santiago ad

The day went quickly. Day turned to night. Cara and I had dinner.

Then, after some resting, we started our evening … at a club where Cumbia music was on tap. Cumbia is said to be the mother of Latin music. We were busy dancing and trying to figure out how it went, this was the only picture of the evening!

cumbia

I got back to my hostel sometime in the middle of the night. The next morning, before leaving for the airport, I needed to take care of two things:

  • Check the internet
  • Visit the “American” supermarket to stock up on peanut butter.

First, check the internet. Why? Word on the street I had been told that the flooding in the Atacama Desert was pretty severe. The Atacama Desert is known to be the driest desert in the world. So, I sort of blew it off until, you know, hours before my flight to the center of it. I mean, how could a desert flood? Um, well it can. When I Googled “San Pedro flooding,” multiple articles stated that this was the worst flooding the region had seen in 11 years.

WHAAAT?

I emailed Alana and Courtney, who were probably at the airport for their overnight flight from the US to Santiago, where they would connect to Calama, the nearest airport to San Pedro de Atacama. I let them know about the flooding concerns. I confirm that my flight is a go and we’ll see each other the following day.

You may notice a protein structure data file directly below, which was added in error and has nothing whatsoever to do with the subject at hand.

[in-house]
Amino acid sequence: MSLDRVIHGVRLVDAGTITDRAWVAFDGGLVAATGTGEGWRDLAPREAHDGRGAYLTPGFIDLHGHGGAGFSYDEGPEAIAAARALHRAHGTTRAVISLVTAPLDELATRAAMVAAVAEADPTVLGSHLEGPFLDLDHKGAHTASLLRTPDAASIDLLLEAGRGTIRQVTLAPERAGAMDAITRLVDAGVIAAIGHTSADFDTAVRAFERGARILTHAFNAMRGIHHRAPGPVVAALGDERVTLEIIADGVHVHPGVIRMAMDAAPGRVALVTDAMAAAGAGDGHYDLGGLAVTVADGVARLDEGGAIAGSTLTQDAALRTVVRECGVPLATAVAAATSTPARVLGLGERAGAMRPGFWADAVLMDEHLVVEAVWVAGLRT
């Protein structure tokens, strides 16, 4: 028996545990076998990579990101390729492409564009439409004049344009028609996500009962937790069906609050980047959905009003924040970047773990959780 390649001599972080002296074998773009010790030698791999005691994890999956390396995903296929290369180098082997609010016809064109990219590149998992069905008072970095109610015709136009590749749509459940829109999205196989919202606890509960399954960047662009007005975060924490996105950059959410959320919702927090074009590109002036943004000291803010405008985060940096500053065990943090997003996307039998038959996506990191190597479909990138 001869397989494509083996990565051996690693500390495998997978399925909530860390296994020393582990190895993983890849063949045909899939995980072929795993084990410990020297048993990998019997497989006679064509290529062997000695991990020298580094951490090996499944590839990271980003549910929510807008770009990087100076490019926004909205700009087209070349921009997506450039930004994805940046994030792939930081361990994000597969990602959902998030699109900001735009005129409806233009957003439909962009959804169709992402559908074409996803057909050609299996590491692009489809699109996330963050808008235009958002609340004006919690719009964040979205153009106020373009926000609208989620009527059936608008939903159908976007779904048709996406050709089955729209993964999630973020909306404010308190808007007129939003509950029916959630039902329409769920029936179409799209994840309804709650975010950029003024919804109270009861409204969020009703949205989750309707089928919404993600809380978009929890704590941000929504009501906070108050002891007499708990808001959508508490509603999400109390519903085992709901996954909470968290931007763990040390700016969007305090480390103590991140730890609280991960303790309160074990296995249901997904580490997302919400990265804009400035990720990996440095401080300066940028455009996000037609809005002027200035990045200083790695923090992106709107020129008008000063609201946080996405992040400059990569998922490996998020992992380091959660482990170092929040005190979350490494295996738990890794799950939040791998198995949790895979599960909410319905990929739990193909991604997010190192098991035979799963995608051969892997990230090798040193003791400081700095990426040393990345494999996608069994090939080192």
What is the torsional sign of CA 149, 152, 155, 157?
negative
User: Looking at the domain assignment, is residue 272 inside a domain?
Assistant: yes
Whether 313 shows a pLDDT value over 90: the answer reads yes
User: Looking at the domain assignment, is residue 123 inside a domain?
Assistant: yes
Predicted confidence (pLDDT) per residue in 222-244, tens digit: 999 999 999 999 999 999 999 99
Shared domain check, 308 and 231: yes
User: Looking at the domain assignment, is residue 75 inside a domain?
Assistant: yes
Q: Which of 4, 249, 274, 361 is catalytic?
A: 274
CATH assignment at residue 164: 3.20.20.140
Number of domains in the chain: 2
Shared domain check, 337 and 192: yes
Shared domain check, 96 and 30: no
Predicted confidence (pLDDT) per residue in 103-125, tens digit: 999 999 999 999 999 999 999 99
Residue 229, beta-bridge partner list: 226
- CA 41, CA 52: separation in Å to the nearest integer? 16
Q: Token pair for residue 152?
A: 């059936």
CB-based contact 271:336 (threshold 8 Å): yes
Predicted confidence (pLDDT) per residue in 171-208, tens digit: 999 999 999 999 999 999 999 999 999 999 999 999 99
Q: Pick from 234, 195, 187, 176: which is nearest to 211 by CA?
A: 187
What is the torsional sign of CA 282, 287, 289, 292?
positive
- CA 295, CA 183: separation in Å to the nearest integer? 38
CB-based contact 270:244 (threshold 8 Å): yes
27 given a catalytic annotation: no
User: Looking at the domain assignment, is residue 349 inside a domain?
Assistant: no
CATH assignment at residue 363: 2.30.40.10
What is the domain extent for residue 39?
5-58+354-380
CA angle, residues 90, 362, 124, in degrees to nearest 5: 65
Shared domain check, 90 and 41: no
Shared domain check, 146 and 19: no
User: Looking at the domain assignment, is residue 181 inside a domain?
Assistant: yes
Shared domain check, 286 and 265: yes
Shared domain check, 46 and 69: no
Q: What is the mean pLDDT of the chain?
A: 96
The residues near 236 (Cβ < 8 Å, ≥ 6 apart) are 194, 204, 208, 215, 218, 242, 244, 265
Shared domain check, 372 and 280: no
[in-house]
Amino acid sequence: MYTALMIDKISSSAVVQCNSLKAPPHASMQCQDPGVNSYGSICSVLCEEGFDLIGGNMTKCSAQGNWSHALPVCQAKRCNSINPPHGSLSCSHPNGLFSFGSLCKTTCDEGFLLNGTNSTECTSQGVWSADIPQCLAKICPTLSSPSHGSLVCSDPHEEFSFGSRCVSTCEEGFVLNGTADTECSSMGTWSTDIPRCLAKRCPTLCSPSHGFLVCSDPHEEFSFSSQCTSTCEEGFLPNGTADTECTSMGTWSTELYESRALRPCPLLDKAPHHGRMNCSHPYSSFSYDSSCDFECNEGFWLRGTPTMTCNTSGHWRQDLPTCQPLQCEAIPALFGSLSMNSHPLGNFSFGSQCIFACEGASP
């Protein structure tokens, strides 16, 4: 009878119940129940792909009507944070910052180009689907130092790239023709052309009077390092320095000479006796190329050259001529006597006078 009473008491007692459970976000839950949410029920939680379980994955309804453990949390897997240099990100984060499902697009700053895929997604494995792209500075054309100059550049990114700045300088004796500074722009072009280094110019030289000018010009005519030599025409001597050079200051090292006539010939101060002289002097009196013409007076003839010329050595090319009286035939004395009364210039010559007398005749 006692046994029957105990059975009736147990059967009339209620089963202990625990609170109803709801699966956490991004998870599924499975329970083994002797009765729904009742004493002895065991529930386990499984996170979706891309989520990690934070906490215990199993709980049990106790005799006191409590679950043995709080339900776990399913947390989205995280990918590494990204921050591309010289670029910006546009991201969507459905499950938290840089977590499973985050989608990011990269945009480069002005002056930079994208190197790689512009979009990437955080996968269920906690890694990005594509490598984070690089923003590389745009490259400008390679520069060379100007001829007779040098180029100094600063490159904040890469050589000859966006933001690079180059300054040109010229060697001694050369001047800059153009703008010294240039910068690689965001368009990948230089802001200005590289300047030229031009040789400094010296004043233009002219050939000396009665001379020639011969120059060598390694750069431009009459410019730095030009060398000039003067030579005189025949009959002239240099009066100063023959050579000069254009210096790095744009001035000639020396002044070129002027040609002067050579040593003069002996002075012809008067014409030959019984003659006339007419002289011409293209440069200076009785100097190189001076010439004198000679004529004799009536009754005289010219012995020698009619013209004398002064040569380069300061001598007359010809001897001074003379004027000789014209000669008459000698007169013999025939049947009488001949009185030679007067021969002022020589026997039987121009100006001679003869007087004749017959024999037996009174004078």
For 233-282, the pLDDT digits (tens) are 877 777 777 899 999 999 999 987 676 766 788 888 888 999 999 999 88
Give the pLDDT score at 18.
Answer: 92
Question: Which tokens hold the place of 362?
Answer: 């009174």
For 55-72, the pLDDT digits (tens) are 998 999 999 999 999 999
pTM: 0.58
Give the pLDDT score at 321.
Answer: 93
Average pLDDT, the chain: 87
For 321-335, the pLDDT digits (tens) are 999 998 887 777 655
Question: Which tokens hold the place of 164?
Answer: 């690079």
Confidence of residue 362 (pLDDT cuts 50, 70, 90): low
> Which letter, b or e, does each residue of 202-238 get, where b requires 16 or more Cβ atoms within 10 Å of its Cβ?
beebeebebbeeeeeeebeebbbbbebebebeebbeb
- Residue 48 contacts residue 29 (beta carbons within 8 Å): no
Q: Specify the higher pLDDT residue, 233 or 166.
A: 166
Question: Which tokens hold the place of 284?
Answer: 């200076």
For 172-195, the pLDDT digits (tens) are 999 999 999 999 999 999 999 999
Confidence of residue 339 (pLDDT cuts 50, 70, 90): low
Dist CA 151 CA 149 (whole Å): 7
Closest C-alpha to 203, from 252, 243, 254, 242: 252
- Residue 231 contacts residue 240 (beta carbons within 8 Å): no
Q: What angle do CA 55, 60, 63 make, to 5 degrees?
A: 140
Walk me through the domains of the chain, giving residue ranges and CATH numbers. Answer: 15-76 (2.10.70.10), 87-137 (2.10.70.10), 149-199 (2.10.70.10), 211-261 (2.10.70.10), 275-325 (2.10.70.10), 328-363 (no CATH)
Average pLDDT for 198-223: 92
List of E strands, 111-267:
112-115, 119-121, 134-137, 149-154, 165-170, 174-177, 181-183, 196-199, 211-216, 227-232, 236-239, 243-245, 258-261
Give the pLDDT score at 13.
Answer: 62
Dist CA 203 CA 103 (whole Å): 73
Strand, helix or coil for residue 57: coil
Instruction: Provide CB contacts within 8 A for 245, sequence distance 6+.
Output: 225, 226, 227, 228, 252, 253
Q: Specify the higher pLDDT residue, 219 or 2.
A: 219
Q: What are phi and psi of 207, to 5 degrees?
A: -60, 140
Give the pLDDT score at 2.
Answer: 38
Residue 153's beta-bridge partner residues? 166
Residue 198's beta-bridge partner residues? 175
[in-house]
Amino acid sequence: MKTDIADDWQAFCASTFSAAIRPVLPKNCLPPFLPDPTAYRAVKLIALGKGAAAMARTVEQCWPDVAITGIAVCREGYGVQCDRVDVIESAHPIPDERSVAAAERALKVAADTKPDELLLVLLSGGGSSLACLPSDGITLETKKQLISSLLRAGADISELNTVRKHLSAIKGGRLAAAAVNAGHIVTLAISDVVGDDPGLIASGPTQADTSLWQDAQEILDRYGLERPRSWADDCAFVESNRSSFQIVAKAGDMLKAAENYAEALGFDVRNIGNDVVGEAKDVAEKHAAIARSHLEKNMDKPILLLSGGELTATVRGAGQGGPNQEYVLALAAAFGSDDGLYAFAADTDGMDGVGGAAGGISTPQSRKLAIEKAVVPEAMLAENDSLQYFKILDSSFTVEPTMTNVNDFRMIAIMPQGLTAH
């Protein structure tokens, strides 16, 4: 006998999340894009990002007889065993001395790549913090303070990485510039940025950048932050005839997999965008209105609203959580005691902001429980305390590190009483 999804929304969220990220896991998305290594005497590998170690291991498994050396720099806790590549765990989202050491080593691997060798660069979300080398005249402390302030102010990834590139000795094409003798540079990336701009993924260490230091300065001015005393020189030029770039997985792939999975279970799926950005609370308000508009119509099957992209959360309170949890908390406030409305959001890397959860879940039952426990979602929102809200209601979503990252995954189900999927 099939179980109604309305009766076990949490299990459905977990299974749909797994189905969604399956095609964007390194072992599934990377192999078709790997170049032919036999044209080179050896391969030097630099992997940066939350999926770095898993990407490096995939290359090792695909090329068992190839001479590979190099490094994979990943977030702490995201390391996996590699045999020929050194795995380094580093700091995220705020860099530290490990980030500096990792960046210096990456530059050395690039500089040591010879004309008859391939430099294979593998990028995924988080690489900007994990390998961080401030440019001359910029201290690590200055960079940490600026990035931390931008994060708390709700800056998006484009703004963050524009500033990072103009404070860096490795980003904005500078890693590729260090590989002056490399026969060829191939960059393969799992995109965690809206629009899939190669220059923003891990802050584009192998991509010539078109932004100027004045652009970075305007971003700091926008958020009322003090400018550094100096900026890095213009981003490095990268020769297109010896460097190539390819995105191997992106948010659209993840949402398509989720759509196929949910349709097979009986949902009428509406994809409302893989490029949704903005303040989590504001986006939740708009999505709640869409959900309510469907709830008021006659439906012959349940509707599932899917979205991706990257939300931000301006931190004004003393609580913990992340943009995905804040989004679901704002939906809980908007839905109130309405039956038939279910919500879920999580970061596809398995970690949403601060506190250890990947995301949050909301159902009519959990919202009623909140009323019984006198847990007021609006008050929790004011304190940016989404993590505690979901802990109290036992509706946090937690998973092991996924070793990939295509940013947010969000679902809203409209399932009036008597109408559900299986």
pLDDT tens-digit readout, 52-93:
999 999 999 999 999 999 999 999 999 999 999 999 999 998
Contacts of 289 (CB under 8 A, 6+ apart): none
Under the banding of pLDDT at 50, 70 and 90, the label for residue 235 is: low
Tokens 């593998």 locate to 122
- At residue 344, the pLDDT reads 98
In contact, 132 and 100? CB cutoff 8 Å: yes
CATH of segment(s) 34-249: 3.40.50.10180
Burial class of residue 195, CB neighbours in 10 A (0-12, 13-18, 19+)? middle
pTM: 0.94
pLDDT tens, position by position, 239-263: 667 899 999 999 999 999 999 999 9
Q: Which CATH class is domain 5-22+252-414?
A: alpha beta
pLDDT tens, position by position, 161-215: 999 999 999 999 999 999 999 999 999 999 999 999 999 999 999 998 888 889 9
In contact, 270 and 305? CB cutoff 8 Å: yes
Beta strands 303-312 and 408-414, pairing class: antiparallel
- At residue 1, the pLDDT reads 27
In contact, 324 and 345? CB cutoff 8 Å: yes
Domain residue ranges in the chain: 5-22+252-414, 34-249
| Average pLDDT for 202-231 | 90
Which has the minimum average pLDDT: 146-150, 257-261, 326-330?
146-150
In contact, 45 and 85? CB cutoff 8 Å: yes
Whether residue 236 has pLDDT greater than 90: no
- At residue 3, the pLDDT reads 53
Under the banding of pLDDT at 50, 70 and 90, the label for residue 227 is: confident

Second, visit the “American” supermarket. Why? As someone who is not a steak eater, I was unsure what I would do in remote, high-altitude, heavy meat eating countries. Along my travels, a few travelers had suggested getting peanut butter as a backup. So here I was … in the middle of Santiago … looking at Philadelphia cream cheese, many brands of yogurt and peanut butter that I recognized and enough candy to fill a candy store!

I purchased a plastic (wasn’t risking glass smashing when they throw your bags underneath the bus) jar of peanut butter and headed to the airport for my flight to Calama.

At the airport, of course I would see a Starbucks. The sign ‘para llevar’ was a phrase I had learned with Marisa in Mendoza …which means ‘to go’… and, in this case, made perfect sense. I smiled, knowing I understood exactly what it meant, and made my way to my gate.

para llevar.jpg


Valparaiso to Vina to Santiago

Valparaiso was hard to leave but after 4 nights, it tied with Mendoza for the longest I stayed in one place. So I was eager to get going. Valparaiso is on my list of places to return. I’m excited to see the progress this beautiful port city will make over the next few years. Here, an example of the work that’s being done to repair some of the streets, or maybe just as a warning for pedestrians…